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Facebook Mobile Platform Growth

The rise of smartphones and adoption by consumers is one, which has been extremely quick. Television took 30 years to reach main penetration of households. The web and desktop computer (which are hand- in hand in terms of household uptake) took around 10 years. Smartphones? Something like three years or so.

Canadian smartphone ownership, according to a 2013 Google report, is estimated to be at 56% of adults, rising from 33% only 12 months prior.

Looking back at one of the most popular apps or services that I have used in the past five years, Facebook would be it, hands down.

The first time I used Facebook, it was on a Motorola Razr. This was a feature-phone which allowed me to browse the web and login through the simple browser to access Facebook. This I rarely did because of the long process to login each time, using a typical phone button interface. Once I got a smartphone – in my case in 2010 that was an iPhone, it allowed easier access. With the Facebook app, the use became even easier and second nature to me.

So then, what is some of the impact of the use of smartphones with regards to the use of Facebook?

The Facebook Q3 2013 Investor Summary Report  stated some interesting facts in it’s operational highlights:

  • Daily active users (DAUs) were 728 million on average for September 2013, an increase of 25% year-over-year.
  • Monthly active users (MAUs) were 1.19 billion as of September 30, 2013, an increase of 18% year-over-year.
  • Mobile MAUs were 874 million as of September 30, 2013, an increase of 45% year-over-year.
  • Mobile DAUs were 507 million on average for September 2013.

Look at the relation from total users to total mobile users. Those are some big gains in use and a large percentage of those who use mobile on a regular basis.

Most of us are used to advertising on the desktop browser with respect to Facebook. But advertising on the mobile interface? Not so much. So how as one who works to extend reach through Facebook advertising to the growing user base on mobile, can one do so? This is going to paramount if you use Facebook as an advertising channel.

Facebook has a solution, but in my opinion it falls short. Basically it is similar to making a page app and then getting folks to install that app into your Facebook app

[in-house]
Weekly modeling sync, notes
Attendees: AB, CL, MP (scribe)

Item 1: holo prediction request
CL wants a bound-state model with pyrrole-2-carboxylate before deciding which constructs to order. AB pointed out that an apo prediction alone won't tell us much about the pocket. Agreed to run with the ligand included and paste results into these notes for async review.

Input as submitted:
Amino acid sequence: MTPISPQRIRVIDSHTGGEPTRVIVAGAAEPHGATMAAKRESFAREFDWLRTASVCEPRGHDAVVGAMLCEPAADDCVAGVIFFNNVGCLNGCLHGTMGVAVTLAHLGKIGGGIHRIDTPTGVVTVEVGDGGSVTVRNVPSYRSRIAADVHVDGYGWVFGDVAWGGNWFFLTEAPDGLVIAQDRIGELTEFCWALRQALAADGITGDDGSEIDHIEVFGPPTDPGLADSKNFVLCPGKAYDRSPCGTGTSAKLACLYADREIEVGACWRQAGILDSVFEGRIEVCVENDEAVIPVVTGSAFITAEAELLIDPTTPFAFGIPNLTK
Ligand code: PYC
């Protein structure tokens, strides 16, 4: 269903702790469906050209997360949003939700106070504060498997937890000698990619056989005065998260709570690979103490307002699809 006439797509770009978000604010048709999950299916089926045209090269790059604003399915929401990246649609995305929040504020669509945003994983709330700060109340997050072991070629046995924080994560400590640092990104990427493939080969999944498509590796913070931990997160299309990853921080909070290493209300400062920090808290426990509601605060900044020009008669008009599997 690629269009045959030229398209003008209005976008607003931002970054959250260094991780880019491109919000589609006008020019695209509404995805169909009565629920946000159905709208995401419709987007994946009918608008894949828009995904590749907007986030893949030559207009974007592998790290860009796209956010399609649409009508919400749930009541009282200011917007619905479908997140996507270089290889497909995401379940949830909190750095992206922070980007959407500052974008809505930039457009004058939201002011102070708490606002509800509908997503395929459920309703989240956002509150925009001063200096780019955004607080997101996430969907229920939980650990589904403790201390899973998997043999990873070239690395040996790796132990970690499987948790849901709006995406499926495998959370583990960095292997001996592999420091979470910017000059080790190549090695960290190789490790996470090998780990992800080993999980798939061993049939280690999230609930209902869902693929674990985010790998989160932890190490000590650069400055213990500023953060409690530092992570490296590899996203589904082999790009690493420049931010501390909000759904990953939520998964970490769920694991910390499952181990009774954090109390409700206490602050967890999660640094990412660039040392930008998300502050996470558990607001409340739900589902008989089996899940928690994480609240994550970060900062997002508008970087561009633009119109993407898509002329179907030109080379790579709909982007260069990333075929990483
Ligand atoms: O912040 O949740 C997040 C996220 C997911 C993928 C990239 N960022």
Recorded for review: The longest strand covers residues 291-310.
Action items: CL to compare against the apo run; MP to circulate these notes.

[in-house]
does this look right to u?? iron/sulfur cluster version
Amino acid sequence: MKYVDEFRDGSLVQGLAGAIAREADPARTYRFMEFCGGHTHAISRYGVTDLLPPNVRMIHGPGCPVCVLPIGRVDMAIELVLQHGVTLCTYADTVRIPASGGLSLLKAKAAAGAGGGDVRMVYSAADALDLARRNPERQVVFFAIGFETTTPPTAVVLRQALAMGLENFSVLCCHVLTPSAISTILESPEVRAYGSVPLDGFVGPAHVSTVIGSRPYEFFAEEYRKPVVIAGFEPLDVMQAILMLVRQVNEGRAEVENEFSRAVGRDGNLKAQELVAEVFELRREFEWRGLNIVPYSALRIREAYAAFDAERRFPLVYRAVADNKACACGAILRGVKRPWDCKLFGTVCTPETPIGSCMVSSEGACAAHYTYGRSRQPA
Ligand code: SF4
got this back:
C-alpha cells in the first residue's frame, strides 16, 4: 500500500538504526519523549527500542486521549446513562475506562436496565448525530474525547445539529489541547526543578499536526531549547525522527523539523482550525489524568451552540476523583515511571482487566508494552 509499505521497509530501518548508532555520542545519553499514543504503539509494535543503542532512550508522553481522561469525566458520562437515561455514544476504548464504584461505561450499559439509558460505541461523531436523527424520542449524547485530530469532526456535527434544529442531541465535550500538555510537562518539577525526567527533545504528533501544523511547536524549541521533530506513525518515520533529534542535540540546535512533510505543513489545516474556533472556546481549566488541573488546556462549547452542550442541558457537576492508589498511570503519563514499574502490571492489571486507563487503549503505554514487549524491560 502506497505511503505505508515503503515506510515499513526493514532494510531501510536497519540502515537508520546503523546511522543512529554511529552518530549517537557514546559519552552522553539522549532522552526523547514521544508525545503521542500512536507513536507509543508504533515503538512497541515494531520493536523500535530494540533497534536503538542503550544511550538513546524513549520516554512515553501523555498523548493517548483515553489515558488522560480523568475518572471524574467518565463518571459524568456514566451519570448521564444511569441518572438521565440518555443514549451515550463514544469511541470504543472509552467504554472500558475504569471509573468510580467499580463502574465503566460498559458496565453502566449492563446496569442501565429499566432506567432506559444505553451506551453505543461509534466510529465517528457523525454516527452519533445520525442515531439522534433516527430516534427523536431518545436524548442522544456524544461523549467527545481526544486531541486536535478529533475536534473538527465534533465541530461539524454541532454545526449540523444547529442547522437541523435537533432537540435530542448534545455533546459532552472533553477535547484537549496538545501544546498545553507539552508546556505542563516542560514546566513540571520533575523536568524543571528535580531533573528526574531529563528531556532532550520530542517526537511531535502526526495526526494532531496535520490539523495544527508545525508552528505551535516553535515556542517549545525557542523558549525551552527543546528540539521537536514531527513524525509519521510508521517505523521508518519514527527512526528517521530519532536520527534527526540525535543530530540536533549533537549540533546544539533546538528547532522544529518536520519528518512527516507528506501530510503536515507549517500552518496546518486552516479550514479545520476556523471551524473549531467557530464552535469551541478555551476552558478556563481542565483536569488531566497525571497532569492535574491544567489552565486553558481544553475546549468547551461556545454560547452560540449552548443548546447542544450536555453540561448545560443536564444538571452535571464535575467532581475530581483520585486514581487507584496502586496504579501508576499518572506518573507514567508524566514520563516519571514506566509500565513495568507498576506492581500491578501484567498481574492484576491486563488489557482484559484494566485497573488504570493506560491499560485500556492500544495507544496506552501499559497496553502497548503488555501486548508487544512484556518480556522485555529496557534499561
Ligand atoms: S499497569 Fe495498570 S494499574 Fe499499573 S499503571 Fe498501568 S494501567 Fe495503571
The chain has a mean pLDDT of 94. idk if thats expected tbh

You can now get your mobile app ad for installs up and running very easily by copying and pasting your app’s Google Play or Apple App Store URL into the Ads Create Tool. If you’re new to developing on Facebook, this is a quick and easy way to get started without having to register your app with Facebook. Read our simple steps under Get Started Running Mobile App Ads for Installs, and then go to our Ads Create Tool to get started.Facebook Developers


This of course means that if it is a sponsored app then it cannot be the same as a text ad with a small photo, but more like that used with the page apps. This means it has to be rich, engaging and one which is going to be of benefit, otherwise it will fail in adoption. There is a distinct difference between mobile ads and browser ads for Facebook.

Think of your mobile ad stream differently from the browser stream. Mobile use is also different, so are you going to give them an app that will be of use to them, but create entanglement with your messaging and brand?

Think about targeting – mobile data, wifi or both for targeting. Geo-targeting and demographic targeting as well are important. Not all endevours may favour this new channel opportunity, but many will. Be careful to know the target, which you are trying to reach and understand if this is suitable. A flower shop during Valentines Day or Easter might work, but what of the other times of year? Can it give more input such as arrangement suggestions, or online ordering?

This is a very young channel on a very young device with a still to be adopted attitude with respect to advertising acceptance. Be patient and by all means study, plan and then decide on execution. Chances are that the current solution for mobile advertising is not really suited to you unless you have an app in a store you want to advertise.

For the rest of us, we will have to continue to rely on desktop browsers for our traditional ad placements with Facebook.